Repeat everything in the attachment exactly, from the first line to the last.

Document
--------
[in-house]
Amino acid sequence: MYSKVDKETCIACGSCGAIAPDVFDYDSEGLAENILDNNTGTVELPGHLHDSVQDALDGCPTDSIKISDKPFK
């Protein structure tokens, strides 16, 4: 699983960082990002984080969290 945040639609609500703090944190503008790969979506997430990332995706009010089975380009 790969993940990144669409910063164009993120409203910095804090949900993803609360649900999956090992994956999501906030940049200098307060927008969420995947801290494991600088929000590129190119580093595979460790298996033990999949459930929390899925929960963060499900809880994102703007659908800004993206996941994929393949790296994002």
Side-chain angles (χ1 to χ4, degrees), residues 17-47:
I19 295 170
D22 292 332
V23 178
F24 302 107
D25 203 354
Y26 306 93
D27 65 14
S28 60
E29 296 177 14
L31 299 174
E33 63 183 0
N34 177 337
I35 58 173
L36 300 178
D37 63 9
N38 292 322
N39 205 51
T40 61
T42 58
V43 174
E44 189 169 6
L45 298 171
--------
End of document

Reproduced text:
[in-house]
Amino acid sequence: MYSKVDKETCIACGSCGAIAPDVFDYDSEGLAENILDNNTGTVELPGHLHDSVQDALDGCPTDSIKISDKPFK
């Protein structure tokens, strides 16, 4: 699983960082990002984080969290 945040639609609500703090944190503008790969979506997430990332995706009010089975380009 790969993940990144669409910063164009993120409203910095804090949900993803609360649900999956090992994956999501906030940049200098307060927008969420995947801290494991600088929000590129190119580093595979460790298996033990999949459930929390899925929960963060499900809880994102703007659908800004993206996941994929393949790296994002």
Side-chain angles (χ1 to χ4, degrees), residues 17-47:
I19 295 170
D22 292 332
V23 178
F24 302 107
D25 203 354
Y26 306 93
D27 65 14
S28 60
E29 296 177 14
L31 299 174
E33 63 183 0
N34 177 337
I35 58 173
L36 300 178
D37 63 9
N38 292 322
N39 205 51
T40 61
T42 58
V43 174
E44 189 169 6
L45 298 171